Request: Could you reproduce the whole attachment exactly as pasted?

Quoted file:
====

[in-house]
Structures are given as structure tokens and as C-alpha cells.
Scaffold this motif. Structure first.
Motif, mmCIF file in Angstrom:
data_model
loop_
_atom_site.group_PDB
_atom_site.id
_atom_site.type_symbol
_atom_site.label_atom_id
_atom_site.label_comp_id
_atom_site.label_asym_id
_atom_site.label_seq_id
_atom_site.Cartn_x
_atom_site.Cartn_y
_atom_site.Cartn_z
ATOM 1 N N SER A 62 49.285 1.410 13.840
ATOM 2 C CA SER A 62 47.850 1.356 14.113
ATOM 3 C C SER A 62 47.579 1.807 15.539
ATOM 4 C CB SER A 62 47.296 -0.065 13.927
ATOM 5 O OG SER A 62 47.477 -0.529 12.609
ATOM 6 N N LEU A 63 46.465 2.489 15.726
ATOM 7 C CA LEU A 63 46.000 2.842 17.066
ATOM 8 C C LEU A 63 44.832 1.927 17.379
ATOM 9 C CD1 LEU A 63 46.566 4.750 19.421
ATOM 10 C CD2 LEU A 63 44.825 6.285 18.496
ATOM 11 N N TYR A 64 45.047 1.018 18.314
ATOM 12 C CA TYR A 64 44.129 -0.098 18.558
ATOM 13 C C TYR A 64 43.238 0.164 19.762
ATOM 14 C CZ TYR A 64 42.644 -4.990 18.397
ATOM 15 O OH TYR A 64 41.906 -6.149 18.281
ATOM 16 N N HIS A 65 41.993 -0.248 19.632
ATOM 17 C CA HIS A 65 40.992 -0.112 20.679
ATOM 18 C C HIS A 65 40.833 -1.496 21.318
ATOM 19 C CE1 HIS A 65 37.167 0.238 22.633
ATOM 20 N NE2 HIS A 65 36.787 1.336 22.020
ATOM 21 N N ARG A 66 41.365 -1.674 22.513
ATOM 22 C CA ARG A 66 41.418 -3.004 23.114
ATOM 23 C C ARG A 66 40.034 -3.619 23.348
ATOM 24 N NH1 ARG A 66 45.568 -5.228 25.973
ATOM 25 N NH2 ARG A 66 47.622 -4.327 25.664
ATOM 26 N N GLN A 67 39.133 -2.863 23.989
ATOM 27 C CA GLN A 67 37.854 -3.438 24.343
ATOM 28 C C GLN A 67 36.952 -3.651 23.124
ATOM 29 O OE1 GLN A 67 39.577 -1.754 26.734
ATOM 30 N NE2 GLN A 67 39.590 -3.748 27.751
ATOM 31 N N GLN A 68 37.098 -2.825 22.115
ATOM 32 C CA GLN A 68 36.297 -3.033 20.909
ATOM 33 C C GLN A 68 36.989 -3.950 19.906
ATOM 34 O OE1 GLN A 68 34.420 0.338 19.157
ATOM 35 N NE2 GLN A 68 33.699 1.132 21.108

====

[in-house]
Structures are given as structure tokens and as C-alpha cells.
Scaffold this motif. Structure first.
Motif, mmCIF file in Angstrom:
data_model
loop_
_atom_site.group_PDB
_atom_site.id
_atom_site.type_symbol
_atom_site.label_atom_id
_atom_site.label_comp_id
_atom_site.label_asym_id
_atom_site.label_seq_id
_atom_site.Cartn_x
_atom_site.Cartn_y
_atom_site.Cartn_z
ATOM 1 N N SER A 62 49.285 1.410 13.840
ATOM 2 C CA SER A 62 47.850 1.356 14.113
ATOM 3 C C SER A 62 47.579 1.807 15.539
ATOM 4 C CB SER A 62 47.296 -0.065 13.927
ATOM 5 O OG SER A 62 47.477 -0.529 12.609
ATOM 6 N N LEU A 63 46.465 2.489 15.726
ATOM 7 C CA LEU A 63 46.000 2.842 17.066
ATOM 8 C C LEU A 63 44.832 1.927 17.379
ATOM 9 C CD1 LEU A 63 46.566 4.750 19.421
ATOM 10 C CD2 LEU A 63 44.825 6.285 18.496
ATOM 11 N N TYR A 64 45.047 1.018 18.314
ATOM 12 C CA TYR A 64 44.129 -0.098 18.558
ATOM 13 C C TYR A 64 43.238 0.164 19.762
ATOM 14 C CZ TYR A 64 42.644 -4.990 18.397
ATOM 15 O OH TYR A 64 41.906 -6.149 18.281
ATOM 16 N N HIS A 65 41.993 -0.248 19.632
ATOM 17 C CA HIS A 65 40.992 -0.112 20.679
ATOM 18 C C HIS A 65 40.833 -1.496 21.318
ATOM 19 C CE1 HIS A 65 37.167 0.238 22.633
ATOM 20 N NE2 HIS A 65 36.787 1.336 22.020
ATOM 21 N N ARG A 66 41.365 -1.674 22.513
ATOM 22 C CA ARG A 66 41.418 -3.004 23.114
ATOM 23 C C ARG A 66 40.034 -3.619 23.348
ATOM 24 N NH1 ARG A 66 45.568 -5.228 25.973
ATOM 25 N NH2 ARG A 66 47.622 -4.327 25.664
ATOM 26 N N GLN A 67 39.133 -2.863 23.989
ATOM 27 C CA GLN A 67 37.854 -3.438 24.343
ATOM 28 C C GLN A 67 36.952 -3.651 23.124
ATOM 29 O OE1 GLN A 67 39.577 -1.754 26.734
ATOM 30 N NE2 GLN A 67 39.590 -3.748 27.751
ATOM 31 N N GLN A 68 37.098 -2.825 22.115
ATOM 32 C CA GLN A 68 36.297 -3.033 20.909
ATOM 33 C C GLN A 68 36.989 -3.950 19.906
ATOM 34 O OE1 GLN A 68 34.420 0.338 19.157
ATOM 35 N NE2 GLN A 68 33.699 1.132 21.108